This is a translation of an article by Pablo Iglesias on the matter of the left. It was published yesterday in El País. It was written following a controversial interview in which the Podemos general secretary spoke in contemptuous and dismissive tones in reference to certain leaders and groupings on the left.
I grew up in a family that remembered, in which my grandmother would always talk to me about the shooting of her brother, a socialist, in 1939. I am the grandson of a man condemned to death, also a socialist, whose sentence was then commuted to 30 years, of which he served five. My parents were communist activists when in Spain it was a crime, and my father saw the inside of Carabanchel prison for distributing propaganda. In my earliest childhood memories I can see myself going hand in hand with my parents to the anti-NATO demonstrations and to the meetings of United Left in Soria, in 1986, when my father was a congressional candidate for the province (you can imagine the result). When I was 14 I joined Communist Youth and I spent years as an activist in the student movement and in the movements against globlisation and war. When I finished my doctorate and got a job as a lecturer I was one of those heterodox teachers who go along to demonstrations with students and who include Marxist authors in their bibliography. Unlike the majority of the citizens in my country, I know the Internationale by heart. I have the left proudly tattooed in my guts and I see myself as part of it, but, perhaps because of that, I am well acquainted with its miseries and, above all, its deficiencies.
In politics, form and tone matter at least as much as content, and in a recent interview I made a mistake with the form and the tone, and offended many people. I apologise to them but I would also ask them to attend to the content, which, with better tone and form, I shall set out here.
Perry Anderson wrote that the only conceivable starting point nowadays for a realistic left is to take stock of its historic defeat. In Spain, the failure of the communist left was made plain following the Transition to democracy. It was not that the socioeconomic reality of the era (so well foreseen by that “airhead” [the reference here is to La Pasionaria] Fernando Claudín), the cultural weight of the media, and the international conjuncture revealed the impossibility of revolution and socialism, but rather the enormously limited possibilities of electoral success for the left as it was. The failure of Mitterand and his Common Programme in France, as well as the historic compromise with Christian Democrats by the PCI in Italy, highlighted well the limitations of the standard bearers taken up by our Communist Party.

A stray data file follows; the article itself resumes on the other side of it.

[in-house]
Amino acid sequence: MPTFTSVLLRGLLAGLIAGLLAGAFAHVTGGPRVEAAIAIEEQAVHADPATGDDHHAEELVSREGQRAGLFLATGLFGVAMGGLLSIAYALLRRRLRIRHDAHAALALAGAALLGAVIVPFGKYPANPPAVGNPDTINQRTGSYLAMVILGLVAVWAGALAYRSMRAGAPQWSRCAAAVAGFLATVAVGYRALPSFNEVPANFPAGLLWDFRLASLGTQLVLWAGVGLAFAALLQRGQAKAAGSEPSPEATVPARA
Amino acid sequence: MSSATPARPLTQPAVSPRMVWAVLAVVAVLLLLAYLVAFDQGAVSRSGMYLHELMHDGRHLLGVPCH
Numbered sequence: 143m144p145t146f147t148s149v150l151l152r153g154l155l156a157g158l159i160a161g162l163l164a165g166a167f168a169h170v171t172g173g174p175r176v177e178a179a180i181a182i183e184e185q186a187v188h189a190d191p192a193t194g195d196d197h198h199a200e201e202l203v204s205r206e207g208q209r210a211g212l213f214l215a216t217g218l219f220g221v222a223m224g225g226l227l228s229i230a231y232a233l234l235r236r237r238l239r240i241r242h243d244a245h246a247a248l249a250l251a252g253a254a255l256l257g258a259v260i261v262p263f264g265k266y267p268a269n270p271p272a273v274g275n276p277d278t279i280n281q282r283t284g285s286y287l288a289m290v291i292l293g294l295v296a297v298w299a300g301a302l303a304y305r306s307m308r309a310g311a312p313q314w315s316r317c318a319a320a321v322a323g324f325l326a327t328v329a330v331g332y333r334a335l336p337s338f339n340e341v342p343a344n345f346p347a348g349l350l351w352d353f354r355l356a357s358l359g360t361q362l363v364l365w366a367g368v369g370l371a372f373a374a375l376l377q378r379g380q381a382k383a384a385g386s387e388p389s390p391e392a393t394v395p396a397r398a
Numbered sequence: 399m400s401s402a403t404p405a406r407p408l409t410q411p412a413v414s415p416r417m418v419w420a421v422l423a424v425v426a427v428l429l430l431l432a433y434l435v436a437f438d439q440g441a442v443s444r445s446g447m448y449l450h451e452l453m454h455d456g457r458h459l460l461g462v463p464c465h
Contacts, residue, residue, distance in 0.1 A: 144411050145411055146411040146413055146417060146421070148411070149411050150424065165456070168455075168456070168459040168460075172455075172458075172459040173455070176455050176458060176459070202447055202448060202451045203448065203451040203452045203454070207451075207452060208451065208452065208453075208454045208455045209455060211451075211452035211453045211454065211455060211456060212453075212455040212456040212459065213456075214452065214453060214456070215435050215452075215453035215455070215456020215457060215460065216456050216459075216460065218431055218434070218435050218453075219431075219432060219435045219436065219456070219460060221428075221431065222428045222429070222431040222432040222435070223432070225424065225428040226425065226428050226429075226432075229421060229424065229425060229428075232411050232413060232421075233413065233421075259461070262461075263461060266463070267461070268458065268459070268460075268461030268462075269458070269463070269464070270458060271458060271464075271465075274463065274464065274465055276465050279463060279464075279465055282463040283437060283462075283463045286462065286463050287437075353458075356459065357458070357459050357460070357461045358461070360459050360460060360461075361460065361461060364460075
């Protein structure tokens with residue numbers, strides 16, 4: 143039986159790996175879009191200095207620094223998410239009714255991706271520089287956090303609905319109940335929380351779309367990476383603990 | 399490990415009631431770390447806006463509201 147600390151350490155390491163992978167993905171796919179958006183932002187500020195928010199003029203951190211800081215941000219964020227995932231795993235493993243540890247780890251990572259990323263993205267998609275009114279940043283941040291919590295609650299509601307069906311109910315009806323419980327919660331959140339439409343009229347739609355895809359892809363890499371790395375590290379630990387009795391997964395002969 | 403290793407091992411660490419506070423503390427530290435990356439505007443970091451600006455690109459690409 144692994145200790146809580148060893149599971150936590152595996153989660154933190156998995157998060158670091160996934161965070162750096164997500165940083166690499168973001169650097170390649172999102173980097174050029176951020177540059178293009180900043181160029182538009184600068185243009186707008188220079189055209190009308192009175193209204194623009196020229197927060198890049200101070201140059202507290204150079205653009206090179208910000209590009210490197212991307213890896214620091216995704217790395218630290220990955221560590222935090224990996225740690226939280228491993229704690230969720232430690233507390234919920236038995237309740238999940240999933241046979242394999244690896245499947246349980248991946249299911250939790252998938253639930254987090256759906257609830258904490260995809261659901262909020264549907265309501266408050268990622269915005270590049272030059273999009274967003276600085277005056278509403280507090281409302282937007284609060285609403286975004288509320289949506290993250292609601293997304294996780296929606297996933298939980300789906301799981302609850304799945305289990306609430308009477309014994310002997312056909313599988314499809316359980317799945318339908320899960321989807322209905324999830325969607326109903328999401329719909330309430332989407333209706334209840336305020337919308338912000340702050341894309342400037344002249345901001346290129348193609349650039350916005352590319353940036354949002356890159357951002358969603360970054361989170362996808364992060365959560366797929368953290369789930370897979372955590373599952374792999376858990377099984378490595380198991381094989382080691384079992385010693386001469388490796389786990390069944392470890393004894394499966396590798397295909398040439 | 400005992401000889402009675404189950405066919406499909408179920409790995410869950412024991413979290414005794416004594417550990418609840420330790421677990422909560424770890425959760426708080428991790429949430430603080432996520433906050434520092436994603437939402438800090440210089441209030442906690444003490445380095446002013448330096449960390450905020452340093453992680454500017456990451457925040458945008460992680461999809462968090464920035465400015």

A great deal of water has passed under the bridge since then and now we are faced with the possibility of changing the political map of Spain in a transformative direction. But none of this has to do with the left. The left remains socially and culturally confined to a corner. The key to the exceptional moment in which we are living lies in the politicisation of the frustrated expectations of the middle sectors of society who are faced with gradual impoverishment. If the 15M served any purpose it was to express this frustration. The 15M highlighted the ingredients for a potential confrontation characterised by a rejection of the ruling political and economic elites, but this new common sense could not be grasped in terms of the categories of left-right; this was something the bosses of the political left did not accept.
Despite the fact the PP won the elections in 2011, elements of crisis in the party system could already be perceived. Before our own irruption, polls signalled the decline in electoral support for the PP and the PSOE. Faced with this new conjuncture, United Left had its opportunity; it would have been enough to simply follow the example of AGE in Galicia. But it spurned the opportunity.
When we decided to launch PODEMOS we thought that we should collaborate with the left, and hence we proposed to United Left and other forces to hold joint open primaries. We believed that this method could mark a healthy turning point: the left would begin to resemble everyday people a bit more. We were unaware then that the arrogance with which our proposal was received would provide us with the opportunity to go very far. We went ahead on our own and thanks to that we did not feel obliged to make concessions to the conservative forms of the left. Thanks to the fact that the left did not want to listen to us we were able to put our hypothesis into practice: that the geography that separates political fields into left and right meant that change, in the progressive sense of the word, was impossible. Upon the symbolic terrain of left-right, those who stand for a politics of defending human rights, sovereignty, social rights and redistributive policies have no way of winning electorally. Whenever the adversary, be it PP or PSOE, calls us radical left and identifies us with its symbols, they bring us onto the terrain where their victory is easy. In politics, whoever chooses the battleground determines the result and that is what we have tried to do ourselves. When we insist on talking about evictions, corruption and inquality and we refrain from getting into the debate of Monarchy vs. Republic, for example, that does not mean that we have become moderate or that we are abandoning principles, but rather that we are accepting that it is not we who define the poltical chessboard.
Profound political changes (which always involve winning institutional power) are only possible at exceptional moments such as the one we are going through, but they require pinpoint strategies. We traced out ours in Vistalegre. We respect those of other comrades but we will not put ourselves on terrain that distances us from a popular majority that is not “on the left” (however much we might like) but that does want change.